She came. She spoke. We laughed.

As soon as cartoonist and writer Alison Bechdel appeared on stage at the Michigan Theater and graced the nearly-full crowd with her presence, she too laughed … at herself.

“There’s an old saying that cartooning is a field for people who are mediocre artists and mediocre writers, and I would say that in my case, those things are pretty much true,” Bechdel remarked. Soon after, Bechdel presented the audience with her rejection letter from the School of the Art Institute of Chicago.

It’s that genuine, self-deprecating humor and her idiosyncratic cartoons that captivated the audience on January 22.

But her accolades, such as her 2014 MacArthur Genius Award and breakthroughs for the LGBT community, prove that she’s far from mediocre in her profession.

Bechdel was selected to speak about her biographical graphic novels and the art of cartooning for part of the Penny Stamps Speaker Series, which has partnered with The Zell Visiting Writer Series and The Institute for Research on Women & Gender. Speaker Series Director Chrisstina Hamilton said Bechdel has been requested to speak numerous times and is highly regarded by Stamps students.

Though ultimately delivered with insightful, witty candor, Bechdel’s presentation tugged at the audience’s heartstrings as she spoke about her unconventional upbringing, defined by the dramatic twists and turns within her family life. She evinced her signature ability to find humor in misfortunes rather than succumb to them, proving her greatest talent lies beyond her work.

Bechdel’s graphic novels examine what most are shy to admit — let alone publish — such as the poignant tale of her father’s secretive, sexual double life that led to his eventual suicide. Yet openness and freedom from inhibition is the essence of Bechdel’s powerful storytelling.

Staying true to her childhood dreams, Bechdel made a name for herself and developed a unique style tinged with honesty.

“I always wanted to be a cartoonist, even when I was a little kid,” Bechdel said. “But it was soon pointed out to me that was not a very practical career choice.”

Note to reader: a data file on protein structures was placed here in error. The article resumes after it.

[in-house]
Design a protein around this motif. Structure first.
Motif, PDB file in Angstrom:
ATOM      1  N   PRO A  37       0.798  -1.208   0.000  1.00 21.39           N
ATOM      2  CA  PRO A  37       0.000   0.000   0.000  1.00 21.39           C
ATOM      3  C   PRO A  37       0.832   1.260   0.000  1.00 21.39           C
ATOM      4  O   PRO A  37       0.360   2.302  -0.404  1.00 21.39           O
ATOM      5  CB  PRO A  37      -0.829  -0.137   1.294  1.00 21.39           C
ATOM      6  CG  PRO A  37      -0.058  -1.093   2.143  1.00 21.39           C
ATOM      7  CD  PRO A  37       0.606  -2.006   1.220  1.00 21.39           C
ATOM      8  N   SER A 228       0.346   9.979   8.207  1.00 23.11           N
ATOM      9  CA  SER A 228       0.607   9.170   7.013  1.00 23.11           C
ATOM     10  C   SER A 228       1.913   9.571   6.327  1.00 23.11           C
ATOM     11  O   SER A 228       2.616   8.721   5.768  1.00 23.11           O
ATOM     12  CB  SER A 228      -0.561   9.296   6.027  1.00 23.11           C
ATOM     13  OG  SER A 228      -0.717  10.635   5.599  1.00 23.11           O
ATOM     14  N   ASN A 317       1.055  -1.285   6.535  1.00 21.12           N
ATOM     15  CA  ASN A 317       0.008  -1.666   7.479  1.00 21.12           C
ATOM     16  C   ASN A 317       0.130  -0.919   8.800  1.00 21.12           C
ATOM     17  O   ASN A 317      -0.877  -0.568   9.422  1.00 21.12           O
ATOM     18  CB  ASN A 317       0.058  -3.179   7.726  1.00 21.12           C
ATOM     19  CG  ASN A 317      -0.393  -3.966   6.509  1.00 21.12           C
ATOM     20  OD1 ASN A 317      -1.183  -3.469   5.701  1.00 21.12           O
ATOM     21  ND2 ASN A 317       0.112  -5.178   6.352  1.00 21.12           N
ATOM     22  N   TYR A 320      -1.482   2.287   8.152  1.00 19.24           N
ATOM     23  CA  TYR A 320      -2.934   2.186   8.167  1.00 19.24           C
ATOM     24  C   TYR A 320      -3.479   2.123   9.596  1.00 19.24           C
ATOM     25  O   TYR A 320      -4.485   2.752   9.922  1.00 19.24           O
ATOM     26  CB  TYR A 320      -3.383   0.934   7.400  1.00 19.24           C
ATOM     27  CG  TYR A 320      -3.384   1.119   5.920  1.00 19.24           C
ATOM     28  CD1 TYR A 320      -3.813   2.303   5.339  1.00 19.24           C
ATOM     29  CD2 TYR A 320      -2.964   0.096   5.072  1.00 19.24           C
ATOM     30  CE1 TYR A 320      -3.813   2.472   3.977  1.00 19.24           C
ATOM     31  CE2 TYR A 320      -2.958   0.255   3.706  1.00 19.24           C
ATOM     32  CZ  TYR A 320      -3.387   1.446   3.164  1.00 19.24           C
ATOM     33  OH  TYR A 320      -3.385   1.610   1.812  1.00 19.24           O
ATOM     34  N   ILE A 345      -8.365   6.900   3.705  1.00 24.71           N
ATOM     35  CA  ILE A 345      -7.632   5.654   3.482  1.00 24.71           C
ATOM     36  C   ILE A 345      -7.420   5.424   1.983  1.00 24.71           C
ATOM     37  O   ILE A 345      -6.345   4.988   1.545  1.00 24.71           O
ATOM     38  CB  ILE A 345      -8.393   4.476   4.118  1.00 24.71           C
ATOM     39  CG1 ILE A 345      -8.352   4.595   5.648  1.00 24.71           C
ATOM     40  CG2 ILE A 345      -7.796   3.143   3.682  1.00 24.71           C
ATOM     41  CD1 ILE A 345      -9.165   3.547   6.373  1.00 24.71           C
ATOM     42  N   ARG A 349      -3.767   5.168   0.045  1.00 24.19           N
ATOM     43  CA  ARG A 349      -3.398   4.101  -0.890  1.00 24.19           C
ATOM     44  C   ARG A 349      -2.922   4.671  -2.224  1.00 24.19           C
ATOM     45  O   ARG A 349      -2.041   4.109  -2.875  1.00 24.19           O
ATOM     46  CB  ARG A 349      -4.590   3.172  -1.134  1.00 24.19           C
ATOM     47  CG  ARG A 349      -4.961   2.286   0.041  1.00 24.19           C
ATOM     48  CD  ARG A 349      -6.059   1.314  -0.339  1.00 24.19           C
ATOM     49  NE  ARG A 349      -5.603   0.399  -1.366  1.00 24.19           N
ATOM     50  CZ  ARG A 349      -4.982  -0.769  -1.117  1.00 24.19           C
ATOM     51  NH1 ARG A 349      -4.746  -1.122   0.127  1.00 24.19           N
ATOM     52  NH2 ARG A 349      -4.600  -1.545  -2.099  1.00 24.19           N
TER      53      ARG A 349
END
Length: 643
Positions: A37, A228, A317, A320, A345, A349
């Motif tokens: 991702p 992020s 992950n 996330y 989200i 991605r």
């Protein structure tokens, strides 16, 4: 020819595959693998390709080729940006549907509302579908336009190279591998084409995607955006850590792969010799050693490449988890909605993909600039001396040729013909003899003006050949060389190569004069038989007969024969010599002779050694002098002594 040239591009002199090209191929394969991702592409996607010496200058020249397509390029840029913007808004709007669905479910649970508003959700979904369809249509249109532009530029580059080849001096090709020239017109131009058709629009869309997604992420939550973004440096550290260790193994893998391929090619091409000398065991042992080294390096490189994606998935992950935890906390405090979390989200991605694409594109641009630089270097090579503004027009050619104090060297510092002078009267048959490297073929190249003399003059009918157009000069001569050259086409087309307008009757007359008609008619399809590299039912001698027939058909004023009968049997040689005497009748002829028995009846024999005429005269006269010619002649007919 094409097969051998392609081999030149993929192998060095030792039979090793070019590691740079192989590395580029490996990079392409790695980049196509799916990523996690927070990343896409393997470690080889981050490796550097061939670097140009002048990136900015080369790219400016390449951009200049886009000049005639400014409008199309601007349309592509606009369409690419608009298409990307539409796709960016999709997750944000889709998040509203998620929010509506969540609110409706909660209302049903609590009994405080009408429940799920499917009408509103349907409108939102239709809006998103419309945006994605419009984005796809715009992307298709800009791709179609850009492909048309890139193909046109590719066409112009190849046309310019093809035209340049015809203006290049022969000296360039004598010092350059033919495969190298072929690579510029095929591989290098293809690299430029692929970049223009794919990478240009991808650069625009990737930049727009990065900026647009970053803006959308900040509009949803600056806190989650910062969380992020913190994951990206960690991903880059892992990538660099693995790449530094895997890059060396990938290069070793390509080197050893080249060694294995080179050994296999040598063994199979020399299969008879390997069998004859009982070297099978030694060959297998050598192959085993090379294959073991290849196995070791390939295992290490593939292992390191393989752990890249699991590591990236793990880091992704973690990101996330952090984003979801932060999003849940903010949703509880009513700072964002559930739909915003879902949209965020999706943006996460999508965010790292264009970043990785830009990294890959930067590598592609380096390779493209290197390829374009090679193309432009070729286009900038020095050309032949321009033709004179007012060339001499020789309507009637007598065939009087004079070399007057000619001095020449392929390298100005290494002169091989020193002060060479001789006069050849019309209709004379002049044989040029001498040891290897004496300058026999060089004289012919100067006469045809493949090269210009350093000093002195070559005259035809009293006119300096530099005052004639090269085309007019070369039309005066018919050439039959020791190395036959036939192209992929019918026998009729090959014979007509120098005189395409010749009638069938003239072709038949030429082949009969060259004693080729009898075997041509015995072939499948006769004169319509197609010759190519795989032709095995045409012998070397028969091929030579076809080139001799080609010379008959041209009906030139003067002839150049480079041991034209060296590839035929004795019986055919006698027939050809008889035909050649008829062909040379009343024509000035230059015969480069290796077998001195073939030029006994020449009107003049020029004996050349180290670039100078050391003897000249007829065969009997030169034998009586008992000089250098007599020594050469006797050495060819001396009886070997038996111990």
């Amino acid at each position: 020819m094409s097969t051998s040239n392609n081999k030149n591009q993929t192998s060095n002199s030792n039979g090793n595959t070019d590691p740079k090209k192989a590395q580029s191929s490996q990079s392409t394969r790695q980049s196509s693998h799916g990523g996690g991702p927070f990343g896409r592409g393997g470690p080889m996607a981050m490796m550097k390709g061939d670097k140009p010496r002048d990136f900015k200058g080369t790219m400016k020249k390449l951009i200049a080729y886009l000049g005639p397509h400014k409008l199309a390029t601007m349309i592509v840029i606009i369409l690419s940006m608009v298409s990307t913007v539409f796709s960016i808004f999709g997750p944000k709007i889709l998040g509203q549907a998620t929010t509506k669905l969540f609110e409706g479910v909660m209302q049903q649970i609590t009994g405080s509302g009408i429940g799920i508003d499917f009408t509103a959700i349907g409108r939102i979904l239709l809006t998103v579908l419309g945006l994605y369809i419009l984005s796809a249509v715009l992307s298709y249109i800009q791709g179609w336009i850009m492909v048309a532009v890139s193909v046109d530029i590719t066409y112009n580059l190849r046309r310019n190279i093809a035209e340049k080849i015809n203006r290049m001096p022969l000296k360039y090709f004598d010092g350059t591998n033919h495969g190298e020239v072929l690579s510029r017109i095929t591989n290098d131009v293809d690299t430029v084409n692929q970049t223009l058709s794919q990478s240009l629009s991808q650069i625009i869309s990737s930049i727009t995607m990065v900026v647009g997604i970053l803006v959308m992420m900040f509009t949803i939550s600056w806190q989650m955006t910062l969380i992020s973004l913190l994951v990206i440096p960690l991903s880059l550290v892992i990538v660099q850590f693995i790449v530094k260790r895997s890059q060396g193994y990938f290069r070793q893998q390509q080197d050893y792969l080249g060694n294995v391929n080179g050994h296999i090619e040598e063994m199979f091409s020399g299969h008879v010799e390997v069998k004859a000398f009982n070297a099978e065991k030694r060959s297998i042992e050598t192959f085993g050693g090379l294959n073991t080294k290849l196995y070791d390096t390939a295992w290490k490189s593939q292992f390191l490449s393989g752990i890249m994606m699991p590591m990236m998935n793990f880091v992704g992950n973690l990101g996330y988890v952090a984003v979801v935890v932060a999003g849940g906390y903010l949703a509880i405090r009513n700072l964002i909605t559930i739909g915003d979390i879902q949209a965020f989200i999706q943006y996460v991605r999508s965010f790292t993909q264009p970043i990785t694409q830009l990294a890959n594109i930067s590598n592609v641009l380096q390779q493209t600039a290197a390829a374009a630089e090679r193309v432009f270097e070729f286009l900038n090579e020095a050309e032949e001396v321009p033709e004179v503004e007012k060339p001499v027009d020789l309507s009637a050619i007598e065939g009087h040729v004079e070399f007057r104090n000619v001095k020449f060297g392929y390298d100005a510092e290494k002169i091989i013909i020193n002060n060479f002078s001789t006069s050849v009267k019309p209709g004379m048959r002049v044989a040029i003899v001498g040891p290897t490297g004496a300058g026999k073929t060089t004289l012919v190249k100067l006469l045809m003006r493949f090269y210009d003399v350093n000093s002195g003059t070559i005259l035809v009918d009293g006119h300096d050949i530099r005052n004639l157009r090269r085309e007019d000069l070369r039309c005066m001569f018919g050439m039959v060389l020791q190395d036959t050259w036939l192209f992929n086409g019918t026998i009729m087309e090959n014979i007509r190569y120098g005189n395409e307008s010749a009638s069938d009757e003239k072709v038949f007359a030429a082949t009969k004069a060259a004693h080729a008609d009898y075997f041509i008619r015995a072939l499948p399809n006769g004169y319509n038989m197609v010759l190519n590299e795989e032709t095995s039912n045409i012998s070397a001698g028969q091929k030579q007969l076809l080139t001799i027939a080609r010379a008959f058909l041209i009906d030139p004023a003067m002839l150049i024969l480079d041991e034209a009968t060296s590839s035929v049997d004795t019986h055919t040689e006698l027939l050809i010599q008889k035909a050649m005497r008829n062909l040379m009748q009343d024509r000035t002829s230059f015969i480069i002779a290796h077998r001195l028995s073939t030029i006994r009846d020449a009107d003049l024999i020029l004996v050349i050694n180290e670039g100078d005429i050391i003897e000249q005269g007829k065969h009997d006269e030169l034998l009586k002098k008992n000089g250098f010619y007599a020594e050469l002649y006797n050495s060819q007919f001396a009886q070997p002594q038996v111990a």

No stranger to grit and perseverance, Bechdel kept at her craft even when prospects were bleak.

“It took a lot of work and a lot of years before it actually became my job,” Bechdel said. “I had to keep pursuing it, keep pushing it, slowly let go of my paying day jobs. It was a long process committing to it.”

Bechdel emerged in the cartooning field with her marginal lesbian comic strip, “Dykes to Watch Out For,” (1983-2008), which originally was not intended for publishing. Instead, the comic was the medium through which Bechdel extracted humor from the lifestyles of her and her friends.

“After I graduated from college, I had recently come out as a lesbian and I just started drawing these comics for me and my friends about women like us, women who looked like us,” Bechdel said. “It was very unusual in the early eighties to see any kind of different looking women in the media, you would just see very feminine women and we were all countering that kind of image and looking kind of wild, crazy and androgynous.”

Though well known for her comic strips and darkly humorous graphic novels, Bechdel is also the creator of her surname-titled test, which assesses the gender bias in films. The Bechdel test deems a film as feminist if it satisfies three requirements: one, if there is a scene with two women, two, the women have a conversation and three, if that dialogue is about something other than a man.

For fans of Bechdel and those who missed the presentation, a comprehensive showcase of her work will be on display at the Institute for Humanities through February 25. The exhibit features original diaries from Bechdel’s youth, the infamous rejection letters, notable comic strips and clutter from her creative process.

Amanda Krugliak, arts curator for the Institute for Humanities, modeled the exhibit after Bechdel’s childhood home with great attention to detail, even mimicking its wallpaper.

“Conceptually, the idea of the room is to place it in the context of the house she grew up in, which was this kind of Victorian house,” Krugliak said. “Her father was really interested in interiors and getting something just right from the Victorian period. I thought it would be interesting to use that as a starting point and think about all these things coexisting in this room — past, present, her work, but also bits and pieces of growing up.”

Bechtle also touched on the media’s response to the Jan. 7 terrorist attack on Charlie Hebdo, a satirical French newspaper targeted because of its depiction of the Prophet Muhammad.

“I think everybody can see the significance of cartoons and comics especially right now,” Hamilton said. “We’re sort of in a very fresh and precious moment with the terrorist acts that happened in Paris just in the last couple weeks that were directed specifically at cartoonists.”

Though intended for comedic effect, comics are undoubtedly a powerful tool. As evidenced by the recent, horrific Parisian tragedies, it’s clear that they can have formidable effects. Yet, the influence of the medium’s worldly succinctness is one to admire.

“Obviously the power of the cartoon is sometimes more powerful than words can solve, that visual element can take it to another place,” Hamilton said. “The ability for comics and cartoons to juxtapose real-world issues in a visual and separate world formant give people the ability to instantly see things that otherwise might take a novel to explain.”

Rather than acting in haste after the world deals us an unfavorable card, perhaps we can move forward from adversity by taking a note from Bechdel and extracting humor from our misfortunes rather than succumbing to them.

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